Release plans are not menus.

Release plans are not menus.

Developing an Agile release plan can be relatively easy. In general there are only a few moving parts. The inputs into the release planning exercise are:

  • Prioritized and Sized Backlog – The backlog represents the work to be done including bugs, features, technical items and knowledge acquisition annotated. Each item on the backlog needs to be sized using a unit such as story points, t-shirt size or function points. The backlog is prioritized by the product owner based on value, dependencies and business requirements.
  • Team Velocity or Productivity – Velocity and productivity are measures that represent how much work is normally completed in a sprint by the team or teams involved in a project.
  • Release Strategy – Two macro release strategies are often considered. The first is a time-boxed approach (fixed amount of time) or a scope-boxed (fixed amount of scope). The strategy will be used to determine what will be included in the release.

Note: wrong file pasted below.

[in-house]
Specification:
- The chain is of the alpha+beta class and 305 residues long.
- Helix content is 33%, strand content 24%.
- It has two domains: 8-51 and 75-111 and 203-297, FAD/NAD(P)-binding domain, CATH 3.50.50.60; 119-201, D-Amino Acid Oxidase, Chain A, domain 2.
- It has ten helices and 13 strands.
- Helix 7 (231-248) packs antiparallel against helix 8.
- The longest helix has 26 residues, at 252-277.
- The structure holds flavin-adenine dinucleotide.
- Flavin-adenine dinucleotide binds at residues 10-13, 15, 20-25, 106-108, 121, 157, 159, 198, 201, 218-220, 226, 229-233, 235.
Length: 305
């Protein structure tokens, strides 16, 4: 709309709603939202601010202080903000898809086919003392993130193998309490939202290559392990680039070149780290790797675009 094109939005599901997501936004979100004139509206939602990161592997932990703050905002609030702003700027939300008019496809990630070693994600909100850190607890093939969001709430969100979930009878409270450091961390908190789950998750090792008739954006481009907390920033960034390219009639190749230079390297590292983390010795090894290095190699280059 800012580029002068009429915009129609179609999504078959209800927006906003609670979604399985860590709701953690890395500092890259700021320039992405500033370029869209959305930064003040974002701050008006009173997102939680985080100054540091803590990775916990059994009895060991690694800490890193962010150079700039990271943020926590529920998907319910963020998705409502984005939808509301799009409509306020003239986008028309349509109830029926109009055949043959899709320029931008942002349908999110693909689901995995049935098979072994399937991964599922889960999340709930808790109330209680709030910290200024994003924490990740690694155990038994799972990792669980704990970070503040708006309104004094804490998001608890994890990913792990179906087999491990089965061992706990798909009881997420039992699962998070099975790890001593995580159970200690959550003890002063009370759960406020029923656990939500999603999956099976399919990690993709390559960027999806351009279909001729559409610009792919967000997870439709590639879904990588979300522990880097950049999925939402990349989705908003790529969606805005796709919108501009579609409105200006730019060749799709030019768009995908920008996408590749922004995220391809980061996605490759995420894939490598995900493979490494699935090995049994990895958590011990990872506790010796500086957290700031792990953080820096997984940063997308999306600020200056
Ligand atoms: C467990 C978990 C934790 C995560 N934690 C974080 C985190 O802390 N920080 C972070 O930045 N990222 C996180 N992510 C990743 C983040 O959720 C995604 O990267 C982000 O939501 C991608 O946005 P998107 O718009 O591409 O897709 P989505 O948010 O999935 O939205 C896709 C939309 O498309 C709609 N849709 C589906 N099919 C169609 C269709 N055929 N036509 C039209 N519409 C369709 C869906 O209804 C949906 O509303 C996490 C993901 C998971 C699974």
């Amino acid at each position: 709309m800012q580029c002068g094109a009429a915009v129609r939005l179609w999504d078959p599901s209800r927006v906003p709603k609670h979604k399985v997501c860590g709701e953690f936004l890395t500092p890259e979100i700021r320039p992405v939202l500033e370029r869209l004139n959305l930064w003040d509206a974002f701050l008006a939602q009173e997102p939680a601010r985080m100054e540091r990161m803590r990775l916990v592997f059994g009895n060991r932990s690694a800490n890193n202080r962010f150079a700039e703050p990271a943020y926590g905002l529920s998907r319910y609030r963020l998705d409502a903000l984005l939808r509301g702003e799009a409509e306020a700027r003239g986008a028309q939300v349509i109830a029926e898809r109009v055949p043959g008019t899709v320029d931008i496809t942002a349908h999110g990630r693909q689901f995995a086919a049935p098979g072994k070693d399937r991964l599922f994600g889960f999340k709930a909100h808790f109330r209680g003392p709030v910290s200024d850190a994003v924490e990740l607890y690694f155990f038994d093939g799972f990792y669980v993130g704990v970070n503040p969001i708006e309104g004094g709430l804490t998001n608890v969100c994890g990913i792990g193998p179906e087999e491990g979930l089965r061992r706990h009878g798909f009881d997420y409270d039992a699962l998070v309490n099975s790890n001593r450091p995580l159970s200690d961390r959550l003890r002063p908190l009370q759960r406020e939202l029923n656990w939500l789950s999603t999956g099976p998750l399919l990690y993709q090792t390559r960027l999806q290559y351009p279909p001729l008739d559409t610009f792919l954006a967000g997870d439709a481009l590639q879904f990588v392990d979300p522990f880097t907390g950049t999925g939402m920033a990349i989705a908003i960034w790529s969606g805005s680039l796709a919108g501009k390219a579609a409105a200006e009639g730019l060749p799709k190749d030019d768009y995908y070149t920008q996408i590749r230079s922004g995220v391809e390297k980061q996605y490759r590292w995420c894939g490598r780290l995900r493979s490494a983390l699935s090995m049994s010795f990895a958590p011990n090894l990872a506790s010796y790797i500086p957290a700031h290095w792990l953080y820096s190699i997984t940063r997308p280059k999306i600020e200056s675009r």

Using a simple approach for release planning, the process begins with the prioritized and sized backlog. The product owner and team walk through the backlog counting off sprints using the velocity or productivity to determine what can be done. The whole team is usually involved in the creating the release plan; however the responsibility for the plan lies with the product owner. Based on the strategy selected the release will occur when a fixed number of sprints are completed (time-boxed) or when a fixed amount of features are completed (scope-boxed). At the end of every sprint the process will need to be revisited based on the results of the sprint, work items may have been completed, not completed or new items discovered. This is a simple approach to release planning; however even more complex, scaled-up methods follow the same basic steps. In many projects I have used these basic techniques with sticky notes and brown butcher paper as tools to record the process.

 

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